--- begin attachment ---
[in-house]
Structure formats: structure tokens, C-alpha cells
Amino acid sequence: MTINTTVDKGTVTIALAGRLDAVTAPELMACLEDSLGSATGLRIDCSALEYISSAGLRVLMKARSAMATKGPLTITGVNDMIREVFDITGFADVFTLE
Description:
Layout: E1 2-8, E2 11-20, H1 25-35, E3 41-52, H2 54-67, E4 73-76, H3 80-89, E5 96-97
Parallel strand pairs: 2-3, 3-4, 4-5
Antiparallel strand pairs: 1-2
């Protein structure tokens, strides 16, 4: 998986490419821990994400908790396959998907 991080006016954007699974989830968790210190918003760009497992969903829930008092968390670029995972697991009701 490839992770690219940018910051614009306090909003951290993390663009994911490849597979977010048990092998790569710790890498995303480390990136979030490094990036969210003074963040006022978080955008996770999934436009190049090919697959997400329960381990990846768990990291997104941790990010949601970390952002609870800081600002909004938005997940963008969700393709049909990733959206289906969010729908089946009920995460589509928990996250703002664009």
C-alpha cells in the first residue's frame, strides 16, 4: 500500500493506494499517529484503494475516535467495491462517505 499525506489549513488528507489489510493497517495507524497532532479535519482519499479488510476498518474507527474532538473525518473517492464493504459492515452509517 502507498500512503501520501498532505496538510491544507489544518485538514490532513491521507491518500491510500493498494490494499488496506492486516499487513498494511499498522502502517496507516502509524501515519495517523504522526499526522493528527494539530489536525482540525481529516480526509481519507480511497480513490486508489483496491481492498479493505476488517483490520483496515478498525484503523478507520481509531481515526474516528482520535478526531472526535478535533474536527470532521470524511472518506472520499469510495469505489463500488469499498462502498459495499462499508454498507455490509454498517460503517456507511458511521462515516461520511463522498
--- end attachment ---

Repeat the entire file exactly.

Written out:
[in-house]
Structure formats: structure tokens, C-alpha cells
Amino acid sequence: MTINTTVDKGTVTIALAGRLDAVTAPELMACLEDSLGSATGLRIDCSALEYISSAGLRVLMKARSAMATKGPLTITGVNDMIREVFDITGFADVFTLE
Description:
Layout: E1 2-8, E2 11-20, H1 25-35, E3 41-52, H2 54-67, E4 73-76, H3 80-89, E5 96-97
Parallel strand pairs: 2-3, 3-4, 4-5
Antiparallel strand pairs: 1-2
């Protein structure tokens, strides 16, 4: 998986490419821990994400908790396959998907 991080006016954007699974989830968790210190918003760009497992969903829930008092968390670029995972697991009701 490839992770690219940018910051614009306090909003951290993390663009994911490849597979977010048990092998790569710790890498995303480390990136979030490094990036969210003074963040006022978080955008996770999934436009190049090919697959997400329960381990990846768990990291997104941790990010949601970390952002609870800081600002909004938005997940963008969700393709049909990733959206289906969010729908089946009920995460589509928990996250703002664009």
C-alpha cells in the first residue's frame, strides 16, 4: 500500500493506494499517529484503494475516535467495491462517505 499525506489549513488528507489489510493497517495507524497532532479535519482519499479488510476498518474507527474532538473525518473517492464493504459492515452509517 502507498500512503501520501498532505496538510491544507489544518485538514490532513491521507491518500491510500493498494490494499488496506492486516499487513498494511499498522502502517496507516502509524501515519495517523504522526499526522493528527494539530489536525482540525481529516480526509481519507480511497480513490486508489483496491481492498479493505476488517483490520483496515478498525484503523478507520481509531481515526474516528482520535478526531472526535478535533474536527470532521470524511472518506472520499469510495469505489463500488469499498462502498459495499462499508454498507455490509454498517460503517456507511458511521462515516461520511463522498